Kino Lorber's Wendy Lidell explains how virtual cinema strategies taking shape today could inform the next stage of the theatrical marketplace.
I read Ira Deutchman’s recent article about virtual cinema with great interest. As the first to market with a virtual cinema title – Kleber Mendonça Filho and Juliano Dornelles’s “Bacurau” on Thursday, March 19 – we at Kino Marquee have thought a great deal about this phenomenon.
I am gratified that Ira is prophesying what we at Kino Lorber also believe to be the case — that virtual cinema is here to stay for the foreseeable future. As someone in the business almost as long as Ira, I share his commitment to the theatrical experience. I had a hard enough time accepting DCPs into my 35mm world, let alone digital delivery to the home. But when theaters shut down in mid-March as a result of the pandemic, it took me about two beats to realize we had to find a work around, and that work around was digital delivery to audiences in partnership with movie theaters. We called it virtual cinema.
Indeed, the speed at which Kino Lorber and other distributors rushed to market has led to an unfortunate Tower of Babel, but none of us thought we would still be here nearly four months later and counting, and our immediate goal at the time was to find continuity and a return on our not-insignificant investments in titles released to theaters in February and March. Fortuitously, we had launched a proprietary TVOD site, Kino Now, in late 2019, and that provided the backbone upon which we could build Kino Marquee quickly. We considered fast far more important than perfect, a decision I stand by today. Any of us could have taken our titles straight to VOD – and some did – but we small independent specialty films distributors are keenly aware that our success is inextricably linked to that of our exhibition partners. Therefore, everything about Kino Marquee was consciously designed to emulate the theatrical experience, from the theater marquee graphics on every portal, to the opportunity to buy a “ticket” to “screen” a film. We never use the word “stream.”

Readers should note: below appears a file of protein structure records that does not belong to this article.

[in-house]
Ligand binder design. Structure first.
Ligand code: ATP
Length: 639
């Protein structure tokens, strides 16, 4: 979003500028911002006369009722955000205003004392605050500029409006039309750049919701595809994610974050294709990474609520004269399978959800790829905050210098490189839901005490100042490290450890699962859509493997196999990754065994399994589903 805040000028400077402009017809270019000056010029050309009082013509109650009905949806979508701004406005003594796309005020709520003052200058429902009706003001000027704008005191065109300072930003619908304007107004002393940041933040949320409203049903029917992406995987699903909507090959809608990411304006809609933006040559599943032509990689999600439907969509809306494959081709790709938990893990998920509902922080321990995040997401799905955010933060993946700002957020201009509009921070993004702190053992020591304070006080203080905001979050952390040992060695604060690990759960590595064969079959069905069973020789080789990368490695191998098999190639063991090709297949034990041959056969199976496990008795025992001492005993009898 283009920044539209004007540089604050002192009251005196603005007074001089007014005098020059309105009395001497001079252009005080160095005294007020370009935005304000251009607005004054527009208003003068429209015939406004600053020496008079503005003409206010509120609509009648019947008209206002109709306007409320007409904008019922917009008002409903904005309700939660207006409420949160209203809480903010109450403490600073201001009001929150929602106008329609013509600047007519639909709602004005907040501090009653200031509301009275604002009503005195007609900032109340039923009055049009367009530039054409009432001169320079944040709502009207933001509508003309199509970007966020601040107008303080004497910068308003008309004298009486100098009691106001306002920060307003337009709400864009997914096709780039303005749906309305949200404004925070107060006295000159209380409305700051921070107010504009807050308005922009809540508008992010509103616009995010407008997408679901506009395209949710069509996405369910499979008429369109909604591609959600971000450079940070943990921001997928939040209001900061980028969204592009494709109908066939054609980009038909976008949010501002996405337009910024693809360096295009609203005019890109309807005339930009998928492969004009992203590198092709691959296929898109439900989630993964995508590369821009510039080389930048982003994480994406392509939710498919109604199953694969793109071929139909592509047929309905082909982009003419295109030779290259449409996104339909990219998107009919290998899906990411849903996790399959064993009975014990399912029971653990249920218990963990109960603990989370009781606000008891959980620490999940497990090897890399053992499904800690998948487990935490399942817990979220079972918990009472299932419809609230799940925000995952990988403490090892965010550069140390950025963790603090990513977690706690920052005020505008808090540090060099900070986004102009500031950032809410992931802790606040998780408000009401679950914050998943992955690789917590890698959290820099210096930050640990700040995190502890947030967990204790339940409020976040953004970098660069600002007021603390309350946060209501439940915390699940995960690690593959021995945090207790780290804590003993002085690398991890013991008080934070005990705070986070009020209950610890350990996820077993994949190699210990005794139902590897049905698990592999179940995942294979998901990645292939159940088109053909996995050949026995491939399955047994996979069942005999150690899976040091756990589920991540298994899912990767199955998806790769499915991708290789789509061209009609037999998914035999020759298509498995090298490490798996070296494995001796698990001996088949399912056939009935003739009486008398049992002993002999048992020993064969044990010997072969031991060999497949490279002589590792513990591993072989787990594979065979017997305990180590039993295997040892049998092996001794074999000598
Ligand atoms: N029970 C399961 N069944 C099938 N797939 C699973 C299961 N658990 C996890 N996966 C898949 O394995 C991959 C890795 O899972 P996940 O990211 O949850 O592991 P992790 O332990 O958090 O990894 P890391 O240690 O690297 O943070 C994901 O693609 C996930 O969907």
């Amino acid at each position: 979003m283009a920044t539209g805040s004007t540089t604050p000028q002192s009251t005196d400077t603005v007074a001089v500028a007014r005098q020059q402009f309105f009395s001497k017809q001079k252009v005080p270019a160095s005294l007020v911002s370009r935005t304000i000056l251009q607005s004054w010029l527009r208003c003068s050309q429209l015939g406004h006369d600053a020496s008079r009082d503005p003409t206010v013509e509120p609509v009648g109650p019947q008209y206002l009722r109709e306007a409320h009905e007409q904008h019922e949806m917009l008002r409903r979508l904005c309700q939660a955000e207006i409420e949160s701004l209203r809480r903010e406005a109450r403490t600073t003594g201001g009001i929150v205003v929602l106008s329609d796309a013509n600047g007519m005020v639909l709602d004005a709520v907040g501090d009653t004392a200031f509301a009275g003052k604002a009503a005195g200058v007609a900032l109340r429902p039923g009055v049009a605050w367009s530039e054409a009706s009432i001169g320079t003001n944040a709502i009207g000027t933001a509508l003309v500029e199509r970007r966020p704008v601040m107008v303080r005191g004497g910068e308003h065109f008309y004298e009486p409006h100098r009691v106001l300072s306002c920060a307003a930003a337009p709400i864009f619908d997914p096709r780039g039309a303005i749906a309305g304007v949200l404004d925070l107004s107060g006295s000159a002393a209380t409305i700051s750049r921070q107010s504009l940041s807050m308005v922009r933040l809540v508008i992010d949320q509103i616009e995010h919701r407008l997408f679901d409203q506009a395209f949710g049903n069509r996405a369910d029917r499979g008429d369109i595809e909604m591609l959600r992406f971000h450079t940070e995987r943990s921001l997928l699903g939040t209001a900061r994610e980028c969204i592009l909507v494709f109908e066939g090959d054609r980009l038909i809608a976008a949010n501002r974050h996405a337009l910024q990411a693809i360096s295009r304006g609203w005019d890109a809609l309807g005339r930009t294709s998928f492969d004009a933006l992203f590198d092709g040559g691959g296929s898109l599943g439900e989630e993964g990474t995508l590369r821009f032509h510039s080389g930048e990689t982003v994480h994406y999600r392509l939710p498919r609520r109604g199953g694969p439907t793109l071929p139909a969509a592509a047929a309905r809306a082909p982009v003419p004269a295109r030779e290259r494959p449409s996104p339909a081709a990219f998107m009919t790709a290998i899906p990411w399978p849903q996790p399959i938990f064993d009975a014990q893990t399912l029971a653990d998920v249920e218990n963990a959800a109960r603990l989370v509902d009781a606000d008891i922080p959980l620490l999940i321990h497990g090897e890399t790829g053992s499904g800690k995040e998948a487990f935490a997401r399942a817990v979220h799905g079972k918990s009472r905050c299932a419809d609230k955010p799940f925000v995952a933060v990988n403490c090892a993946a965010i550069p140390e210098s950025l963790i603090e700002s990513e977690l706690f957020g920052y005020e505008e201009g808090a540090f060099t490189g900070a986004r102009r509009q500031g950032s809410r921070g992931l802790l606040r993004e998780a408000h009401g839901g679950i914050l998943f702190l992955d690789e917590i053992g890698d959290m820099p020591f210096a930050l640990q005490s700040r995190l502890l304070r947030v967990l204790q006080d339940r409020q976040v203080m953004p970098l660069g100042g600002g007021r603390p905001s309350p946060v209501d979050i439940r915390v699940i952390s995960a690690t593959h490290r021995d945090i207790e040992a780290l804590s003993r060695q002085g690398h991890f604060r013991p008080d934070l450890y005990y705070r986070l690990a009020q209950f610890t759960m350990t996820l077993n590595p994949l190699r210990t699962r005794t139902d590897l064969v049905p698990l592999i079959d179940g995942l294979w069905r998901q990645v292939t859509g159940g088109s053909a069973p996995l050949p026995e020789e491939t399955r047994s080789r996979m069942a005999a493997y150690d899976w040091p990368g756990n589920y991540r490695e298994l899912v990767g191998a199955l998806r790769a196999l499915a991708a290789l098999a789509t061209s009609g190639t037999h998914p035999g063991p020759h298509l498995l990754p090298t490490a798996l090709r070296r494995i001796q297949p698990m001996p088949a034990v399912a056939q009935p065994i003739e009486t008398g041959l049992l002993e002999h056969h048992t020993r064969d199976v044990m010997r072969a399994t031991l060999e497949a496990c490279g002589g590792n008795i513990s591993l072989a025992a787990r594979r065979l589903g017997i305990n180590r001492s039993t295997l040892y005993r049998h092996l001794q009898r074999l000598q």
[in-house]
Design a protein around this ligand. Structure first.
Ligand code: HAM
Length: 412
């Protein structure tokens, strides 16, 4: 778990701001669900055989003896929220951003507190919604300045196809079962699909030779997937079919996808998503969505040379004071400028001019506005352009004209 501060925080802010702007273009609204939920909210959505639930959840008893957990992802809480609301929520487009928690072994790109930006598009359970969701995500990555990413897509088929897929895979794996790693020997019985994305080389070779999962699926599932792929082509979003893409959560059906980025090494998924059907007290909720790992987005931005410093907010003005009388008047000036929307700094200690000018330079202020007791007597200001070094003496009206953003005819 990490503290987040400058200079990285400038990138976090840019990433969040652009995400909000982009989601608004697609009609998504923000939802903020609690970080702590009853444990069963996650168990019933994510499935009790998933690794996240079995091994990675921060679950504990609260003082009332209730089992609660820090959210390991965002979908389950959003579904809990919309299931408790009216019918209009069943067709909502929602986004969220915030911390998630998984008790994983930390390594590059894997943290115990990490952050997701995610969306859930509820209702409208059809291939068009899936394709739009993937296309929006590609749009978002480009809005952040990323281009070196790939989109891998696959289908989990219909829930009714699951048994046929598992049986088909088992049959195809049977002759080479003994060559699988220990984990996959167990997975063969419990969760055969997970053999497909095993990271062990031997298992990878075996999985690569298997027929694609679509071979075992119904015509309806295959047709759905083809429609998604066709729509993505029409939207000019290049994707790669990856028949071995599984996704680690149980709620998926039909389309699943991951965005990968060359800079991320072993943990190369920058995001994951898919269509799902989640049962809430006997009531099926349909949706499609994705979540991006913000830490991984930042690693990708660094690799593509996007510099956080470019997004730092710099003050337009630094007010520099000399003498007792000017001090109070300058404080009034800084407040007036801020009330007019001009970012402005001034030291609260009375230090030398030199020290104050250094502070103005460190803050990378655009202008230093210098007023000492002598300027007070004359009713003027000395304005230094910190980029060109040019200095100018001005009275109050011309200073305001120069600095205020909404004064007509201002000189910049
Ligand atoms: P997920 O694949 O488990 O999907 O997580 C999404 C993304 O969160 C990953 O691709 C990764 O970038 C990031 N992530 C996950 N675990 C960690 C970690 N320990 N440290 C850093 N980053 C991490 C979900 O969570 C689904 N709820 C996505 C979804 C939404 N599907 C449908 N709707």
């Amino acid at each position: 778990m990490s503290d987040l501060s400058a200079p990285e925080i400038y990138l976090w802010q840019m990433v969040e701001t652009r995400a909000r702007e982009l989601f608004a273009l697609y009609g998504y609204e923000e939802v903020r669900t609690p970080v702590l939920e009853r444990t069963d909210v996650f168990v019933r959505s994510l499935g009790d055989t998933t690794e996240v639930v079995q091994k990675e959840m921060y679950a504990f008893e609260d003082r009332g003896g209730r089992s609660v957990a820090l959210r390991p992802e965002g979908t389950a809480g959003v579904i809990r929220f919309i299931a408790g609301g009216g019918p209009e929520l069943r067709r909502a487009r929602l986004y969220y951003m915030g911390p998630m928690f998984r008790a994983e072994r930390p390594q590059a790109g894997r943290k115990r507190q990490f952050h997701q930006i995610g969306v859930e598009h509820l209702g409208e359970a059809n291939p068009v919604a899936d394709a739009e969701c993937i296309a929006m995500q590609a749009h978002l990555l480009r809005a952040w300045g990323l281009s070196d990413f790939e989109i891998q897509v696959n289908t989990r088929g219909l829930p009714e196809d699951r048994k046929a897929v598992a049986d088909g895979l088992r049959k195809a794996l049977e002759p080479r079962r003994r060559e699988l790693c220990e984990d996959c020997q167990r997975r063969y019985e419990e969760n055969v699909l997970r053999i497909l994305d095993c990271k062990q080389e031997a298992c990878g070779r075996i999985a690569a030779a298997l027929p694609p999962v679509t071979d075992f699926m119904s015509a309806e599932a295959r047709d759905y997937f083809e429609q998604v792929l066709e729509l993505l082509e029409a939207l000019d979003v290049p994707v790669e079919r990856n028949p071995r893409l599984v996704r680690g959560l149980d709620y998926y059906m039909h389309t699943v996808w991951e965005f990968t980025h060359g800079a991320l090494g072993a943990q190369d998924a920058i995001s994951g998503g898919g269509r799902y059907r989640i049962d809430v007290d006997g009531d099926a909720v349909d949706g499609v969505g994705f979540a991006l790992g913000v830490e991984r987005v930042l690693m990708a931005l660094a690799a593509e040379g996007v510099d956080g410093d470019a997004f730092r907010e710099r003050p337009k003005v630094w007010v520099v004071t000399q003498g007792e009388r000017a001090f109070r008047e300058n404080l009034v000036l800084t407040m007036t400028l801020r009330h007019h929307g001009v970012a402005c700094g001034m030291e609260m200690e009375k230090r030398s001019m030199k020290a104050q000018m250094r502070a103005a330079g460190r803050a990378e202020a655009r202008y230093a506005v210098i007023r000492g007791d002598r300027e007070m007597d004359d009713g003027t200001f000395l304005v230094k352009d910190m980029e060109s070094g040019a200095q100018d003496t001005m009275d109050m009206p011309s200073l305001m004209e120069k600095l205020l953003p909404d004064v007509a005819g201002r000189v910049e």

Ira’s suggestion to create one common virtual cinema platform sounds great, but it’s frankly impracticable. Who will design it? Who will pay for it? Will a financial entity start charging VPFs for its use?
Meanwhile, a number of exhibition venues are launching their own virtual cinema platforms, and I see that as a trend that will continue. I believe most distributors, including Kino Lorber, will be happy to show our films on proprietary theater-based sites … provided they incorporate geo-fencing so as not to pirate other theaters’ customers.
As for Ira’s point that customer service has become the theaters’ burden: I don’t know what’s going on with other distributors’ platforms (indeed, the Tower of Babel effect), but at Kino Marquee, we are the ones who handle what was a large number of customer service inquiries at the beginning, but which have tapered off over time as consumers got the hang of it and we ironed out the bugs. We provide clear instructions for how to access purchases on Roku, Apple TV and Amazon Fire and guarantee a refund to customers who still cannot get it to work. See (and scroll down), here for example.
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Cyber-NY developed KinoNow and Kino Marquee on our Logic Virtual Cinema platform as a digital streaming solution for virtual cinema. Contact us for detail on building solutions for independent film and media distributors.